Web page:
i have not yet figured out how to get stdout in realtime, start-job requires you to poll stdout with get-job

update: i couldn't start-job to easily do what i want which is basically the bash & operator. here's my best hack so far

PS> notepad $profile #edit init script -- added these lines
function beep { write-host `a }
function ajp { start powershell {ant java-platform|out-null;beep} } #new window, stderr only, beep when done
function acjp { start powershell {ant clean java-platform|out-null;beep} }
PS> . $profile #re-load profile script
PS> ajp
  • 1
    As of PowerShell v3.0 you can get stdout in realtime like this: Start-Job { Write-Output 'Hello world' } | Receive-Job -Wait – JamesQMurphy Dec 7 '14 at 22:56
19

Seems that the script block passed to Start-Job is not executed with the same current directory as the Start-Job command, so make sure to specify fully qualified path if needed.

For example:

Start-Job { C:\absolute\path\to\command.exe --afileparameter C:\absolute\path\to\file.txt }
  • 2
    So for example if I need to run Git Pull in the commandline, I need to specify the full path to everything...? That's really annoying. – CMCDragonkai Apr 21 '14 at 22:48
  • 1
    thanks, great tip, been going around with a job that wouldn't run, this was the reason why. – Omni May 29 '15 at 10:38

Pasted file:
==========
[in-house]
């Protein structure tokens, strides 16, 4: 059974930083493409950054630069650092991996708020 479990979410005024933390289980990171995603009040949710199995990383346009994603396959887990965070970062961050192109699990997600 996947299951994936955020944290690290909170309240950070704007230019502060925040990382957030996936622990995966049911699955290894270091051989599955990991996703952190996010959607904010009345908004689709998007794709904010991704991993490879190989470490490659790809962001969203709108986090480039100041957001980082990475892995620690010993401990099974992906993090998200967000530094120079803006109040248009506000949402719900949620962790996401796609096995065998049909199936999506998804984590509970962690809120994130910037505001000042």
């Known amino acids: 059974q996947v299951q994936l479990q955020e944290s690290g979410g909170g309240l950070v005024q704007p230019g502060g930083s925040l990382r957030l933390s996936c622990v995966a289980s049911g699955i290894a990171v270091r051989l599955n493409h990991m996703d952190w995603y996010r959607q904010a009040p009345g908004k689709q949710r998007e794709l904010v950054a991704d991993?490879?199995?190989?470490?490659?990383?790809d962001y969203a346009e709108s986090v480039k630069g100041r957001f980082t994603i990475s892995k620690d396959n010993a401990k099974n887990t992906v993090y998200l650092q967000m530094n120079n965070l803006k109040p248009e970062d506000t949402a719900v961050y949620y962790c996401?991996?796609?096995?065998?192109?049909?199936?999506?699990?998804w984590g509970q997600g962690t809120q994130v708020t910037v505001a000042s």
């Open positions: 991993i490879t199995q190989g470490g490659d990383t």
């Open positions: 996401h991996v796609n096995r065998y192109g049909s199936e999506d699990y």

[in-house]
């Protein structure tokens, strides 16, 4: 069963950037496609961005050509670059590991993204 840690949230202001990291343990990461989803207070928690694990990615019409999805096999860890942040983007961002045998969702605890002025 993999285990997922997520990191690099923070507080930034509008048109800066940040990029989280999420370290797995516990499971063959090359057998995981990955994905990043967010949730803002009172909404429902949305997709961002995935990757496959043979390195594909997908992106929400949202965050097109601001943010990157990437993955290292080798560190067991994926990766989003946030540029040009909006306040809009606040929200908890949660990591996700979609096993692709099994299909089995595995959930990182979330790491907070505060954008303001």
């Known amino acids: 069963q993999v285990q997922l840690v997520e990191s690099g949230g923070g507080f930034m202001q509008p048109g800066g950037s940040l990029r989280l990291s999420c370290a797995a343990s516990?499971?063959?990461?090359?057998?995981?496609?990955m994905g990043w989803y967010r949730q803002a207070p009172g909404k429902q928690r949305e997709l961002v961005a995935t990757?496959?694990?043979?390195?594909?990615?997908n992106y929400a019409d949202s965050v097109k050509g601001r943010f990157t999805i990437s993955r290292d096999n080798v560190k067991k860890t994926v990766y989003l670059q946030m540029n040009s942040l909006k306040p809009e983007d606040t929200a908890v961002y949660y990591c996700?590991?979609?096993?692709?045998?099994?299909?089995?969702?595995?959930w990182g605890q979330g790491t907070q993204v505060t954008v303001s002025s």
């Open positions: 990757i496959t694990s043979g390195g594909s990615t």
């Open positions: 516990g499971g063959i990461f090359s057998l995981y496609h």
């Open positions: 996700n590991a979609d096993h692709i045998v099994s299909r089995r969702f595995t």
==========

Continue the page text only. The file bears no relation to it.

• @CMCDragonkai or you can do just Start-Job { cd C:\Path\To\Repo ; git pull } – Mahomedalid May 10 '18 at 17:40
10

You can use PowerShell job cmdlets to achieve your goals.

There are 6 job related cmdlets available in PowerShell.

  • Get-Job
    • Gets Windows PowerShell background jobs that are running in the current session
  • Receive-Job
    • Gets the results of the Windows PowerShell background jobs in the current session
  • Remove-Job
    • Deletes a Windows PowerShell background job
  • Start-Job
    • Starts a Windows PowerShell background job
  • Stop-Job
    • Stops a Windows PowerShell background job
  • Wait-Job
    • Suppresses the command prompt until one or all of the Windows PowerShell background jobs running in the session are complete

If interesting about it, you can download the sample How to create background job in PowerShell

  • 1
    Good answer as it deals with Powershell 3+. What is the difference between job cmdlets and the previous answers? – Jeremy Hajek Jan 1 '17 at 2:11
5

From PowerShell Core 6.0 you are able to write & at end of command and it will be equivalent to running you pipeline in background in current working directory.

It's not equivalent to & in bash, it's just a nicer syntax for current PowerShell jobs feature. It returns a job object so you can use all other command that you would use for jobs. For example Receive-Job:

C:\utils> ping google.com &

Id     Name            PSJobTypeName   State         HasMoreData     Location             Command
--     ----            -------------   -----         -----------     --------             -------
35     Job35           BackgroundJob   Running       True            localhost            Microsoft.PowerShell.M...


C:\utils> Receive-Job 35

Pinging google.com [172.217.16.14] with 32 bytes of data:
Reply from 172.217.16.14: bytes=32 time=11ms TTL=55
Reply from 172.217.16.14: bytes=32 time=11ms TTL=55
Reply from 172.217.16.14: bytes=32 time=10ms TTL=55
Reply from 172.217.16.14: bytes=32 time=10ms TTL=55

Ping statistics for 172.217.16.14:
    Packets: Sent = 4, Received = 4, Lost = 0 (0% loss),